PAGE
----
I have mixed emotions on this. on one side, I am biased as I own amazon stock. nevertheless, this company is a stunning example of an American success story. they were willing to use technology when others would not or could not see the value. and they took chances, some worked and some failed. but they capitalized on the failures. to be honest, I own amazon not for their retail marketplace. I purchased it because they were the first to seriously monetize the cloud with amazon web services. and today they are a quantum computing hedge.
on the other hand, I do think they have been rather aggressive in some of their labor and marketing practices. although not as bad as others. prime may be a challenge to quit, but the Wall Street journal by far was the worst offender when it comes to making life difficult to cancel.
amazon changed the landscape in how we buy and what service we expect. anybody ever have to wait in line for an hour to return a \$10 item at Walmart years ago will attest to some of the improvements through the years. because of amazon, there are half a dozen other services who now compete to drop off my purchases faster than if I had gone to the store myself-without being gouged in the process.
will be interesting to see how this plays out against amazon. I think we lose a lot if amazon is forced to break up. careful what you wish for, I guess.

16. JohnH

“Big Consumer Companies Keep Raising Prices, Complicating Fed’s Job…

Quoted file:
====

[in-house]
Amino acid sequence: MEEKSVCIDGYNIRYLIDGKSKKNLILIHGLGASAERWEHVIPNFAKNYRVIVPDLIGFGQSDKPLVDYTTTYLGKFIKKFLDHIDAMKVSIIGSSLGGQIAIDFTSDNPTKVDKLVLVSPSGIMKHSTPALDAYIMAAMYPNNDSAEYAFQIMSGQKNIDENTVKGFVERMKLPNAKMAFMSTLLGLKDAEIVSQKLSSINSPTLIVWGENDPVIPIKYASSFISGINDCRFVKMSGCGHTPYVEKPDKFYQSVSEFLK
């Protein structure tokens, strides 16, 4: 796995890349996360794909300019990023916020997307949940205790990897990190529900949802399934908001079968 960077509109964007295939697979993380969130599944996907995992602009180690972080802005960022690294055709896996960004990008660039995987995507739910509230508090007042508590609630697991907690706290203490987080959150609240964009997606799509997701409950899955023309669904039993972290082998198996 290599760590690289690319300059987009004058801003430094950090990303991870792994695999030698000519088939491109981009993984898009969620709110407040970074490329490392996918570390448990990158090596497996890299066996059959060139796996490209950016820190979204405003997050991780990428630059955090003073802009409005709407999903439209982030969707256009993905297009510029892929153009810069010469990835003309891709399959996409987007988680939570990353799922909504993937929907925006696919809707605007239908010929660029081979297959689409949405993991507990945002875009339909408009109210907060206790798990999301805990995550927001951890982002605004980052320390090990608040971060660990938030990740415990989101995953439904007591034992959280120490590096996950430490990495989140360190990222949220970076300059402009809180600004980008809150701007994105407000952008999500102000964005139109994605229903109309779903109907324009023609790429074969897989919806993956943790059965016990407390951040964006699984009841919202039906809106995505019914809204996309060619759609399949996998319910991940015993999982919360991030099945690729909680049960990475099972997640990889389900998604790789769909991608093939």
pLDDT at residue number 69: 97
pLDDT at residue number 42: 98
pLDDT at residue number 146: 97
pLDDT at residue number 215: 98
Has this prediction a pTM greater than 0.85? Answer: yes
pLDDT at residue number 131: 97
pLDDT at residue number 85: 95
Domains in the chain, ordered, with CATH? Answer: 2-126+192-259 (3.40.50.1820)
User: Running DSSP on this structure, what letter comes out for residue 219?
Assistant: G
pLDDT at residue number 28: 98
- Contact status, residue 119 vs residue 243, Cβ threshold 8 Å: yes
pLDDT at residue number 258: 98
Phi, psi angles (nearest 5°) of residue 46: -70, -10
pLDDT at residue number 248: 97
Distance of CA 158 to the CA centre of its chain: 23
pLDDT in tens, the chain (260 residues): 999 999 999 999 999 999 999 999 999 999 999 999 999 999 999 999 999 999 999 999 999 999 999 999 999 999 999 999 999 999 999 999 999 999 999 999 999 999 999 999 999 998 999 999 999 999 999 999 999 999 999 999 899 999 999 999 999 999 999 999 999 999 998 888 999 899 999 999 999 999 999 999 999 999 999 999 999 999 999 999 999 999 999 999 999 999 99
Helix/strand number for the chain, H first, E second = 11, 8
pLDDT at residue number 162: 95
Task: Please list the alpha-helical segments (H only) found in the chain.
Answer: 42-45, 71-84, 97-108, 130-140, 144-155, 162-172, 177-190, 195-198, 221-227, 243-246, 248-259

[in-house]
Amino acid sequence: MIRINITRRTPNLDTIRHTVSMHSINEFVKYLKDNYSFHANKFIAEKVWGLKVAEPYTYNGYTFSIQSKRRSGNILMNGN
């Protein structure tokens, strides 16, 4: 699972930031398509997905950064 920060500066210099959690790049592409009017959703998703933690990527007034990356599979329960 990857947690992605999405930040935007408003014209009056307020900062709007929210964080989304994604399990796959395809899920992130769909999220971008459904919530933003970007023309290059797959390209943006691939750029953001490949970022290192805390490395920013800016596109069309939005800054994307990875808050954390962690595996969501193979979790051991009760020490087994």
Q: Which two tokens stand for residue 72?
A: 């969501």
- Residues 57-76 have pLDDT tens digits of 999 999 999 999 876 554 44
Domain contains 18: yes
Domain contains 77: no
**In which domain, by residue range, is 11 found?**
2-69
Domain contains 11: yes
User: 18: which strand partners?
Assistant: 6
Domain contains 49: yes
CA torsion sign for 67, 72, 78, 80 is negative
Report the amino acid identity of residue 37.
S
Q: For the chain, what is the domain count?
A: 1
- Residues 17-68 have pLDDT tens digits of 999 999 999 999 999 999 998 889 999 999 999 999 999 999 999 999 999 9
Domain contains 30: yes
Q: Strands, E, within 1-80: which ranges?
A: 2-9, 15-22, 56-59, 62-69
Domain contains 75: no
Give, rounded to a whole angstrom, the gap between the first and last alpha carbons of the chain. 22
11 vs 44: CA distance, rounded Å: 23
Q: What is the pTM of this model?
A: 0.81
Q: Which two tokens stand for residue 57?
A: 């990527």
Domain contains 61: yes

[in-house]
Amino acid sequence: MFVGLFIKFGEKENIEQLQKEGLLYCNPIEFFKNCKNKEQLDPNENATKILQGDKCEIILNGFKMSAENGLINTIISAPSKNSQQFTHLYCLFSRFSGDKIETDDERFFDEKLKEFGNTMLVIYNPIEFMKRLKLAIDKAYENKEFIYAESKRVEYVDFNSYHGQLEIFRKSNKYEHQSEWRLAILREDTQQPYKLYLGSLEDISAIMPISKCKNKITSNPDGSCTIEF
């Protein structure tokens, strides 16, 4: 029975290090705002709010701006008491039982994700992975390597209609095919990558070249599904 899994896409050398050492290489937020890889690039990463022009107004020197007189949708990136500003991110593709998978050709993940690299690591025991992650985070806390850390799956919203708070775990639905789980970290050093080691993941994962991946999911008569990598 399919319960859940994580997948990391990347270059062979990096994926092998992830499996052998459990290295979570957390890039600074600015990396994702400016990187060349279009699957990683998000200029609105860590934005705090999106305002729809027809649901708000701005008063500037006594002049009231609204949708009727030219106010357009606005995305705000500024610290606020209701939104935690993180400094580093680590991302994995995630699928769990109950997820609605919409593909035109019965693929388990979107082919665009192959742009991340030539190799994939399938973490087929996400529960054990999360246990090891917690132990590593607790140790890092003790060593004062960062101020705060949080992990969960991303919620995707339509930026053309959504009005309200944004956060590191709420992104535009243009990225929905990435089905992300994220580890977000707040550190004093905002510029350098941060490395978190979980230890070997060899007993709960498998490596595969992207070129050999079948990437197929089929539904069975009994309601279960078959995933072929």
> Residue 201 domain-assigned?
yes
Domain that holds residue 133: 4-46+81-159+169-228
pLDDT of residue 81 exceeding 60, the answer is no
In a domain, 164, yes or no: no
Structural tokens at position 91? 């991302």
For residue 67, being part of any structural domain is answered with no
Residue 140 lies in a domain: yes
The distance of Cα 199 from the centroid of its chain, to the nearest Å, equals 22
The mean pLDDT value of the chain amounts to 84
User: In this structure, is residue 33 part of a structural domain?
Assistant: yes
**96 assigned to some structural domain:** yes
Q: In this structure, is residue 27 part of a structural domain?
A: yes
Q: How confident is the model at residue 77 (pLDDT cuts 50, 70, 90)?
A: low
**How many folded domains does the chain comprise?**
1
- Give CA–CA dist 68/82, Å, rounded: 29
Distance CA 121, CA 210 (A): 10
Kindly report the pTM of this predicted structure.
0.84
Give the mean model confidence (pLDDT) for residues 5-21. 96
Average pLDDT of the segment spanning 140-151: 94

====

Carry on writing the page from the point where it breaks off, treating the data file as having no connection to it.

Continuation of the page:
Coca-Cola, PepsiCo and Unilever have each reported raising prices significantly in the second quarter, from about 8 percent at Unilever to 15 percent at Pepsi…

PepsiCo, which makes Gatorade sports drinks, Lay’s potato chips and Quaker Oats, reported this month that its second-quarter revenue grew 10 percent and that its profit doubled, to \$2.7 billion, from a year earlier.”

Pepsico is pgl’s poster child for a company struggling to keep pace with rising costs–his lame, anecdotal attempt to debunk the idea of seller’s inflation AKA greedflation. Pepsico’s second quarter results pretty well debunk pgl’s weird notions.

Of course, pgl will be delighted that the value of his portfolio has been bolstered, due to Pepsico’s stock price closing near a record high, despite all his pathetic bleating about how badly they have been doing…

1. JohnH

As I said, Pepsico has been pgl’s poster child for a company struggling to keep pace with rising costs, his lame, anecdotal attempt to debunk the idea of seller’s inflation AKA greedflation. Home embarrassing it must be for him to have Pepsico double its profits in 2Q23!